Weak, even for him:
But before long, the more honest among the surge opponents will concede that Bush, that supposed dolt, actually got one right. Some brave souls might even concede that if the U.S. had withdrawn in the depths of the chaos, the world would be in worse shape today.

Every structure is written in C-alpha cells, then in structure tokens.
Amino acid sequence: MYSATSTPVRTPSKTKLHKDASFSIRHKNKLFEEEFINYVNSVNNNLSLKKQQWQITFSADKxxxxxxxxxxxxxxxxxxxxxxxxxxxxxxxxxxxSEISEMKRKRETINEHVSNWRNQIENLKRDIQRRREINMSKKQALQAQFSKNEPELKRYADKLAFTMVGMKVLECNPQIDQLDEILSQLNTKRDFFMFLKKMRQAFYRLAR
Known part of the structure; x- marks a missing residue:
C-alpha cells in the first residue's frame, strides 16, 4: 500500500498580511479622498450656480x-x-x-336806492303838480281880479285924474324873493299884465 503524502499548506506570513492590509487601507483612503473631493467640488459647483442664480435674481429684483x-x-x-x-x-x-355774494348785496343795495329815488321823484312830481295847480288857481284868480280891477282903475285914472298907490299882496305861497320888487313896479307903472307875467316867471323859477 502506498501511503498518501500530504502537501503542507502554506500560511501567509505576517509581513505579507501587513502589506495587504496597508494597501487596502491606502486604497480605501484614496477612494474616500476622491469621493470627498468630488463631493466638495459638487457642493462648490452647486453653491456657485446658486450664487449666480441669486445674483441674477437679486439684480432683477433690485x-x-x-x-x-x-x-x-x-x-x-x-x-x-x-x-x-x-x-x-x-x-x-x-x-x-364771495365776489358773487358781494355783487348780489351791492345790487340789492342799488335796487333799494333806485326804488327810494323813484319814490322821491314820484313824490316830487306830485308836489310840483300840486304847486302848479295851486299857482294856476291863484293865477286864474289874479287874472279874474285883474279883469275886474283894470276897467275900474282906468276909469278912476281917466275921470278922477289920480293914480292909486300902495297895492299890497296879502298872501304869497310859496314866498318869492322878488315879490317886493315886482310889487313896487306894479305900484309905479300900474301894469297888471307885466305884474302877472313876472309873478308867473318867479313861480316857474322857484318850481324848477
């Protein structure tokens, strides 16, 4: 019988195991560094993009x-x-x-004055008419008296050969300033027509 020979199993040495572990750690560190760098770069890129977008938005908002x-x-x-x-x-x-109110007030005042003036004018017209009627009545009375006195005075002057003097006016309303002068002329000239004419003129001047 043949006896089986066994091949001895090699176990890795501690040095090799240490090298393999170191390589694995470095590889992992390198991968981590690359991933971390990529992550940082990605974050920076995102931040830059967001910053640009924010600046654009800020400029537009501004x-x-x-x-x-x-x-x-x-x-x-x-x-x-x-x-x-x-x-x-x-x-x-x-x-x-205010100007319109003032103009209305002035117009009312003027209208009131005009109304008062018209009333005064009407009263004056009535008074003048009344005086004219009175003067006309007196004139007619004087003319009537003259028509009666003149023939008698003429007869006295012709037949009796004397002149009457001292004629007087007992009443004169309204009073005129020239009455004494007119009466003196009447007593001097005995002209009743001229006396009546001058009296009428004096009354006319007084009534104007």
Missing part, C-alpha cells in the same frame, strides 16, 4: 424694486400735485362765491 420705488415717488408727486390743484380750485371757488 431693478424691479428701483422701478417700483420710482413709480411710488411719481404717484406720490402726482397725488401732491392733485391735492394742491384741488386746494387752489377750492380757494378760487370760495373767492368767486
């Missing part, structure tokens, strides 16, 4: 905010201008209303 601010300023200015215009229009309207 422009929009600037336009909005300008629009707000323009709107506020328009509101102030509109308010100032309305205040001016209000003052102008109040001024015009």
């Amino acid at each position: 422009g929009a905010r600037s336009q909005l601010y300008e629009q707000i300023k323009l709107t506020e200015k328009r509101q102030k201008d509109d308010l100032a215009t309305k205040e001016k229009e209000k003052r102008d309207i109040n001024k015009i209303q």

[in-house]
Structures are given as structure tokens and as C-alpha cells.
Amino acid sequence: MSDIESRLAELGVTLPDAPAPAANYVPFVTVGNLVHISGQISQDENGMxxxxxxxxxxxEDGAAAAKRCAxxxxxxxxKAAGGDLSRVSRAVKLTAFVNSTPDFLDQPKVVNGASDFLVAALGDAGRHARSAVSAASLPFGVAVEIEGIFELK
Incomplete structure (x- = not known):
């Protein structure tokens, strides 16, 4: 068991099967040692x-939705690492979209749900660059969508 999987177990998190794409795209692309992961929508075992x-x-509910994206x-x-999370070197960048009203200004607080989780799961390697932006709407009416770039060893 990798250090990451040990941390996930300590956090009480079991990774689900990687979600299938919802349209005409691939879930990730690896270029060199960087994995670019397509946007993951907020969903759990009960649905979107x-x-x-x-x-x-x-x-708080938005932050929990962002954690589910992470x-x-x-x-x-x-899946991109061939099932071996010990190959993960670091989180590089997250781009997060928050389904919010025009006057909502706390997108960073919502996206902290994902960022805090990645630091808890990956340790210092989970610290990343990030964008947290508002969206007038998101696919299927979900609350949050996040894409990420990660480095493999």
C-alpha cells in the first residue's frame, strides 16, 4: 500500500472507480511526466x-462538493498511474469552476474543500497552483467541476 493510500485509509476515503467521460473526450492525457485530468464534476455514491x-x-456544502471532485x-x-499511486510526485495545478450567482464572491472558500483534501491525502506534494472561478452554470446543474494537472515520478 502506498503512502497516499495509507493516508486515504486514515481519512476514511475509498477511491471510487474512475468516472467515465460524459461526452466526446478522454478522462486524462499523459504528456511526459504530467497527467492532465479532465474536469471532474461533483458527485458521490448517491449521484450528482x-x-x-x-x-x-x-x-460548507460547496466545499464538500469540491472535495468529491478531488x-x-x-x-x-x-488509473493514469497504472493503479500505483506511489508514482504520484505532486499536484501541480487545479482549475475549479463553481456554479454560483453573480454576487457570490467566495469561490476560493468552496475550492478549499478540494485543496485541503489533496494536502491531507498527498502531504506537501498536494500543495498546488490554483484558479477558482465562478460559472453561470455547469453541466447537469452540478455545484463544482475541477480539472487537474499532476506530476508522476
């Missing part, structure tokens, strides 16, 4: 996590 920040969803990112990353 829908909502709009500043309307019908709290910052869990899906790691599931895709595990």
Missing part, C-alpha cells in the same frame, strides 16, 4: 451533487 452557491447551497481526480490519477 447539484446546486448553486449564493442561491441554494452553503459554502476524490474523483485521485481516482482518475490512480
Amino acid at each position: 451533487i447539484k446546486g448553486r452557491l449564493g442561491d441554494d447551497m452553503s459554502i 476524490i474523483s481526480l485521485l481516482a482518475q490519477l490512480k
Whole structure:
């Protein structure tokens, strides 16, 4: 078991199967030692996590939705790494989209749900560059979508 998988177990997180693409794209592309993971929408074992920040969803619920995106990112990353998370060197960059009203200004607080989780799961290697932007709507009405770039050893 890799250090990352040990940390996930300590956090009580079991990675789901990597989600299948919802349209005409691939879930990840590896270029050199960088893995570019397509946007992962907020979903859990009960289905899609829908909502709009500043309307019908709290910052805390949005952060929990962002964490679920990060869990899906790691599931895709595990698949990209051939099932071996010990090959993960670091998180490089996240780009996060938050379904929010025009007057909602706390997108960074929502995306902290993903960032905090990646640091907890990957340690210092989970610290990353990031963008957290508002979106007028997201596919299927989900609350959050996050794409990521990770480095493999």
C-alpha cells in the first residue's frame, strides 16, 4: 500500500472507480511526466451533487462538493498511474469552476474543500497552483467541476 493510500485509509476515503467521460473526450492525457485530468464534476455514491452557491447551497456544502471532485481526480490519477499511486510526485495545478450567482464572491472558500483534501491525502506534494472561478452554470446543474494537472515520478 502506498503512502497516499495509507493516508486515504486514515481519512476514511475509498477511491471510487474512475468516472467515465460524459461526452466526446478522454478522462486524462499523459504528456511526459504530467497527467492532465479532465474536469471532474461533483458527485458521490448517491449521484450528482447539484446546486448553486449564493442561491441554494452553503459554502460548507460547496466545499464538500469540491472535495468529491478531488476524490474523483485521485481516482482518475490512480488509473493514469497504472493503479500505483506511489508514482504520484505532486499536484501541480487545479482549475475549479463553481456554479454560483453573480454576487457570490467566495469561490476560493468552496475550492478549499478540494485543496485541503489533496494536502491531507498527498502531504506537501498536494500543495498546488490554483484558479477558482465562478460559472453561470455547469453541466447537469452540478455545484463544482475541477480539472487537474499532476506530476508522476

It’s not as deliberately cinematic — or as shamefully priapic — as Bush’s landing on the Abraham Lincoln, but the growing archive of congratulatory pro-surge arguments amounts to a prolonged and equally mendacious “Mission Accomplished” cry. I can’t speak for all the strawmen that Brooks has assembled here, but the most sensible objections to The New Way Forward have not, in fact, been set to rest. As everyone knows, the purpose of the surge was not simply to reduce violence, but to enable political reconciliation, facilitate the development of an Iraqi state than can provide basic services, and further enable Iraqi forces to take up the burden of their own security. The just-released GAO report (.pdf) attests in the gentlest possible terms, pointing out that progress along these lines has been vastly overstated and that the “revised” US strategy in Iraq has failed to articulate a “post-surge” vision. (See Steven Simon’s recent Foreign Affairs piece for a related critique.) That is, one of the major flaws in the original invasion — a failure to plan for the invasion’s aftermath — is being duplicated with respect to the surge. Brooks, like others, desperately want to believe that the Bush administration has salvaged itself while no one was paying attention. But before long, the more honest among the surge proponents will concede that they, like Bush, have pretty much been repeating themselves for years.